As a buyers agent, it’s becoming more and more common for my clients to ask about what it would take to start “flipping houses.” Flipping a house is generally considered to be buying a fixer-upper type (usually a distressed sale) home for well below market value, doing the necessary repair work/upgrades, and then reselling for a profit. While this process sounds pretty straight forward, there is a lot that goes into a “flip” that you need to be aware of.
1. Multiple Offers
Usually, when buying a distressed property (Short Sale/Bank Owned REO), there is a lot of competition from other investors. Investors bring all cash offers with quick closing times to the table. These favorable terms often mean that a “normal” buyer will have no chance at the home. The presence of “multiple offers” can also trigger a “bidding war” in which investors will offer above the list price in order to secure the deal.
2. Hidden Work
While you can determine from photos and open houses what kind of cosmetic work needs to be done, it takes a full property inspection to uncover “hidden work” that can devastate a repair budget. Leaky roofs, termites, dry rot, and a cracked foundation are all examples of “hidden work” that could be uncovered during a property inspection. The problem is that you cannot perform a property inspection until after you’ve been selected as the highest offer.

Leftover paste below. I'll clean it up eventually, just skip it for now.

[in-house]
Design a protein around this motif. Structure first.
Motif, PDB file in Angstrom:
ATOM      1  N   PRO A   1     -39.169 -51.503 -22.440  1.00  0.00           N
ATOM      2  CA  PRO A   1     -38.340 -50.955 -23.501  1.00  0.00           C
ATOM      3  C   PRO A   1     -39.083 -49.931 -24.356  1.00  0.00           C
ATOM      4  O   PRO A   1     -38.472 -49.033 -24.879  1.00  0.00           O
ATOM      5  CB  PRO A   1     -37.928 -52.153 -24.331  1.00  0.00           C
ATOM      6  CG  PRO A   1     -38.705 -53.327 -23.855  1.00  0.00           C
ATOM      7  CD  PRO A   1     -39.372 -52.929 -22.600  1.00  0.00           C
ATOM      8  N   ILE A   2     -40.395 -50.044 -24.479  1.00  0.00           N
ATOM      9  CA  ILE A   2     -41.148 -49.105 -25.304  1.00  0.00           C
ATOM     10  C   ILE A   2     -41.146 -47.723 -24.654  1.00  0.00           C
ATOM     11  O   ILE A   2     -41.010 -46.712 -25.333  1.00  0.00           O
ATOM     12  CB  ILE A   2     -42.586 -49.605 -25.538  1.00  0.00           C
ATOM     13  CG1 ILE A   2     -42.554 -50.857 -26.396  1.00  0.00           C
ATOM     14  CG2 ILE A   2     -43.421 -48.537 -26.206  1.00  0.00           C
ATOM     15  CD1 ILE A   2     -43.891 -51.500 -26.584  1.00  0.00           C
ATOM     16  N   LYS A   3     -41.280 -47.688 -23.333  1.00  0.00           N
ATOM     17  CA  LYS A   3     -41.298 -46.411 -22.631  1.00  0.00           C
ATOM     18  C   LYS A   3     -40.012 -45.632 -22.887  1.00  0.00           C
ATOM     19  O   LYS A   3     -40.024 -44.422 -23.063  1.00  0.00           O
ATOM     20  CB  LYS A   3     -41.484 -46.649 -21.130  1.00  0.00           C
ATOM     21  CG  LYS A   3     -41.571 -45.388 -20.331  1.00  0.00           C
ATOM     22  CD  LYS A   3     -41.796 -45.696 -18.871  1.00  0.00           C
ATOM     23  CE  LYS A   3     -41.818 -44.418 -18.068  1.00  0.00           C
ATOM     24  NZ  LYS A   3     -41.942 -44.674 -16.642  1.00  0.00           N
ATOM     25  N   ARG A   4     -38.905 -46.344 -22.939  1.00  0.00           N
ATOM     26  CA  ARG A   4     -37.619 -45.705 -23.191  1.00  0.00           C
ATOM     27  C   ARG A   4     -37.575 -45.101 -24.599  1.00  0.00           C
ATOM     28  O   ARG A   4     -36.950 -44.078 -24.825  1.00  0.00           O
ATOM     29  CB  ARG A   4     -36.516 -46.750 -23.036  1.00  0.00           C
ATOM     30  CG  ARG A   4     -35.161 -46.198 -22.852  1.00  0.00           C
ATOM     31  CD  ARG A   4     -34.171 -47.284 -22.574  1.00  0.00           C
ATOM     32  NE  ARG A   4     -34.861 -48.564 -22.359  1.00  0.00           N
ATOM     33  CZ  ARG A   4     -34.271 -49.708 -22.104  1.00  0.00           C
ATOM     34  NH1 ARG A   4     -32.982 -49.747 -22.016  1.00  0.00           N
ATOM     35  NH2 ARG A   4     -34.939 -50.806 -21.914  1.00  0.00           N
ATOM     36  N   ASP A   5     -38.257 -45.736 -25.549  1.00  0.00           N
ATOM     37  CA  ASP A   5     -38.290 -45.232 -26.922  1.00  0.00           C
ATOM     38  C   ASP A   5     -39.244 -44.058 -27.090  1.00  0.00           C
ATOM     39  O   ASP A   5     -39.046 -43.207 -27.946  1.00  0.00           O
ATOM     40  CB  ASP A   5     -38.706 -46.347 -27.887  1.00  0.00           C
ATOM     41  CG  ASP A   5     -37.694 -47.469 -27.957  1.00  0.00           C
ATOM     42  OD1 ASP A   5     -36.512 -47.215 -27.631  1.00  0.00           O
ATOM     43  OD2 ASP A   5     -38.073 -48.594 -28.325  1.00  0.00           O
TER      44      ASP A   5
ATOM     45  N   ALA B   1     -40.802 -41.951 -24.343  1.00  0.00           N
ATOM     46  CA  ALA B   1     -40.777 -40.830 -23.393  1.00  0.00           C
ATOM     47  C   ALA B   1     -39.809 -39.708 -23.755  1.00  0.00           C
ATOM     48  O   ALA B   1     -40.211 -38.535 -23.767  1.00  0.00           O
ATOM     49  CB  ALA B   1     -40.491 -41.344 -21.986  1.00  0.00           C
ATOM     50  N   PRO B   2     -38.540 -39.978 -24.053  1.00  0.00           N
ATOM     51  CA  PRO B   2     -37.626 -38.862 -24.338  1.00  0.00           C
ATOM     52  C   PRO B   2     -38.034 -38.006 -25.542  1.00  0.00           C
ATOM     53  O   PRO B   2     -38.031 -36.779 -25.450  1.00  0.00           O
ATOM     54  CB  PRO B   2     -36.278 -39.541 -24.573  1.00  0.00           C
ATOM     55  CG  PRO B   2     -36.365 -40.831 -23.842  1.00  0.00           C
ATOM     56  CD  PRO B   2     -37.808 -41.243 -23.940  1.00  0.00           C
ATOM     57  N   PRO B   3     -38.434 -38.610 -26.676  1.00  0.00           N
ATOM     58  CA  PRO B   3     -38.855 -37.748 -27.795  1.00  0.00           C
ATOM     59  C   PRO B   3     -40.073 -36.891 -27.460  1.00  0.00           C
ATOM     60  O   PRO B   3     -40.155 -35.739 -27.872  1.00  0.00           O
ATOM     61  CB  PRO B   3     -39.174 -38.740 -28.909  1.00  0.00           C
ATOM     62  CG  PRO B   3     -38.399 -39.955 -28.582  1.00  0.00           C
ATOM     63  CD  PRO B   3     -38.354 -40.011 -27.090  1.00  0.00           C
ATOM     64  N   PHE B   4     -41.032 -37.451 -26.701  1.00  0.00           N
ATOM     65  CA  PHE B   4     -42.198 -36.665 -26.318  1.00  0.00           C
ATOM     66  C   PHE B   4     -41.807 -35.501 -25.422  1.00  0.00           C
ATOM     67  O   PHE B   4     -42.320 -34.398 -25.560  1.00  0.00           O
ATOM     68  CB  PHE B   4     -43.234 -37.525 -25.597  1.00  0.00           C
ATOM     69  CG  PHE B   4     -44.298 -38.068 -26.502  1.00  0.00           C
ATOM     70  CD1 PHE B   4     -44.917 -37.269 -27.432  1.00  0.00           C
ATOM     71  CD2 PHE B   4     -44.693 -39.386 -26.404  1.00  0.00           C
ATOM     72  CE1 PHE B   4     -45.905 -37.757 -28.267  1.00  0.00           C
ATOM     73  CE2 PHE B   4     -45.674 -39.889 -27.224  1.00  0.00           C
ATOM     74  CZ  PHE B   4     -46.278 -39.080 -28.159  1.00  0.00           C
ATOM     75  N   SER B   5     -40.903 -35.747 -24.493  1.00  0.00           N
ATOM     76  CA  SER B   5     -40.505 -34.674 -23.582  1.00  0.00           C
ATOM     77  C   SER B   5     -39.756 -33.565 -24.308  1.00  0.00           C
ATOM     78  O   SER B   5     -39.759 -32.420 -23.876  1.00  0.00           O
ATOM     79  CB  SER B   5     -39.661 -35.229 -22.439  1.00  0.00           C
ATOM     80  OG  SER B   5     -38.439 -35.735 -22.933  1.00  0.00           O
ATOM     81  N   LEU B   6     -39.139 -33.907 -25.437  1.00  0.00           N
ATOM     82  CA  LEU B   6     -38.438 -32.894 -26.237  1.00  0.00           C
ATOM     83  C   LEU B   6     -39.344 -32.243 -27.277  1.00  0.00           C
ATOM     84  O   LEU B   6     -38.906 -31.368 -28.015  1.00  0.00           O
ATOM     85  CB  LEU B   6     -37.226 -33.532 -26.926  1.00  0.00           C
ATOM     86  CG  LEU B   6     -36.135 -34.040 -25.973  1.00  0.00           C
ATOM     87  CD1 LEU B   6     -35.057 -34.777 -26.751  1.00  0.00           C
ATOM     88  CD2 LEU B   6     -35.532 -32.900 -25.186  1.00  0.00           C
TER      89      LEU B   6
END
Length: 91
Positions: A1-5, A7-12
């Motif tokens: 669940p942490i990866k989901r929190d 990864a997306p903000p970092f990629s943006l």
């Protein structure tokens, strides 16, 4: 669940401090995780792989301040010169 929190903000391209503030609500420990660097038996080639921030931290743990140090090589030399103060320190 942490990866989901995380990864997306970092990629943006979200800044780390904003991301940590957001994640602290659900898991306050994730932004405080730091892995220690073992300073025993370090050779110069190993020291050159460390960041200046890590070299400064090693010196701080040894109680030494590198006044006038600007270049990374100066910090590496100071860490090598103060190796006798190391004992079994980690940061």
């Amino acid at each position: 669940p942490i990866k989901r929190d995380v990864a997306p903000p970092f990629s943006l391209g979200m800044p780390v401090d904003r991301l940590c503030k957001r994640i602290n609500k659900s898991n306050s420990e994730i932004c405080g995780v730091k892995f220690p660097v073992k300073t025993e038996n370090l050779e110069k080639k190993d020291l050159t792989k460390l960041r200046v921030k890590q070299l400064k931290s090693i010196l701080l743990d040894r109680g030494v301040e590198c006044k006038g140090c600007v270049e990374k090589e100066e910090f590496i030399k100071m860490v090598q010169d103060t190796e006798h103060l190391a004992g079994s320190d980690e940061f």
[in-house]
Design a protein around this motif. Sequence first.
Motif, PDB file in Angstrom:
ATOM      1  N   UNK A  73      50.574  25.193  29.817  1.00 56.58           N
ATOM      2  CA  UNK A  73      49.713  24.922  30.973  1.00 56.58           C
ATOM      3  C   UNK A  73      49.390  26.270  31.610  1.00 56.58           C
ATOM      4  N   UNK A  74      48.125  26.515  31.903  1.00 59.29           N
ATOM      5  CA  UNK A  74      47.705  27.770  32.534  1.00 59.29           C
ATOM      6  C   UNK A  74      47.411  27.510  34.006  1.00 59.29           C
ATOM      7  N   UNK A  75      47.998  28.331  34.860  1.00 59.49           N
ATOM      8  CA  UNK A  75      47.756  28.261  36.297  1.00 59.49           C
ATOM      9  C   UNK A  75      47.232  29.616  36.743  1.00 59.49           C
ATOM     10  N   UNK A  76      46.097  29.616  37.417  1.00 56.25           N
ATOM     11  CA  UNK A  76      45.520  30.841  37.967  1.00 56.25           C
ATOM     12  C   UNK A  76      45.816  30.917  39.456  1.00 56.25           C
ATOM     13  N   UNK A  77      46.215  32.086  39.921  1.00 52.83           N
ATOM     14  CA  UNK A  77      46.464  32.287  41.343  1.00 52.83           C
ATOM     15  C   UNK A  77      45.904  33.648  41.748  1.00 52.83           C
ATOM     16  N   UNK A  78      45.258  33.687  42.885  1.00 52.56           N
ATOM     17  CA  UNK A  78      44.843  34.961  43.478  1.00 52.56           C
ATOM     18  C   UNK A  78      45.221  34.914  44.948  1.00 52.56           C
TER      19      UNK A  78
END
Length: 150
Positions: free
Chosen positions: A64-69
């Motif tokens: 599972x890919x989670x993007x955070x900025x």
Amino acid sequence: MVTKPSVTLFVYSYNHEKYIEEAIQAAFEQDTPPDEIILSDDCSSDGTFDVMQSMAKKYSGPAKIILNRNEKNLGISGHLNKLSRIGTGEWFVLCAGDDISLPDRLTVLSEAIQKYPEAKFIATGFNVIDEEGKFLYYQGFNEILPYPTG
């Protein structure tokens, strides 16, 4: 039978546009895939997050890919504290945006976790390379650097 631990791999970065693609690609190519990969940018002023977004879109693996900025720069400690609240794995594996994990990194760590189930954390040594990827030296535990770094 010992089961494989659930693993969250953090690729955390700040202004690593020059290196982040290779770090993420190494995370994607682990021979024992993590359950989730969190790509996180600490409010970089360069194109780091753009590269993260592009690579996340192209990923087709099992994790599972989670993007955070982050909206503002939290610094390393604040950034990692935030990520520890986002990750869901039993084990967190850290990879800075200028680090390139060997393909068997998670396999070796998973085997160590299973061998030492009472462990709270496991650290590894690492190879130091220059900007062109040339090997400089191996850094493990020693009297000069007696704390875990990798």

3. Resale Comps
Even the most beautifully remodeled home will sit vacant if its overdone compared to its neighbors. One of the most famous rules in real estate is, “Look for the cheapest home in an expensive neighborhood.” Too many people flipping a house do the opposite and do an expensive remodel to a home and try and resale in a neighborhood that doesn’t support its value. Therefore, making it the “most expensive home in a cheap area.” Make sure to look at what has sold on the same, or neighboring, streets within the last 90 days. “Model Matches” (same Bd/Ba/Sq Ft) are the best comps.
For more information on flipping a house, or if you’re looking for information on distressed properties in San Diego, feel free to contact us anytime. ')}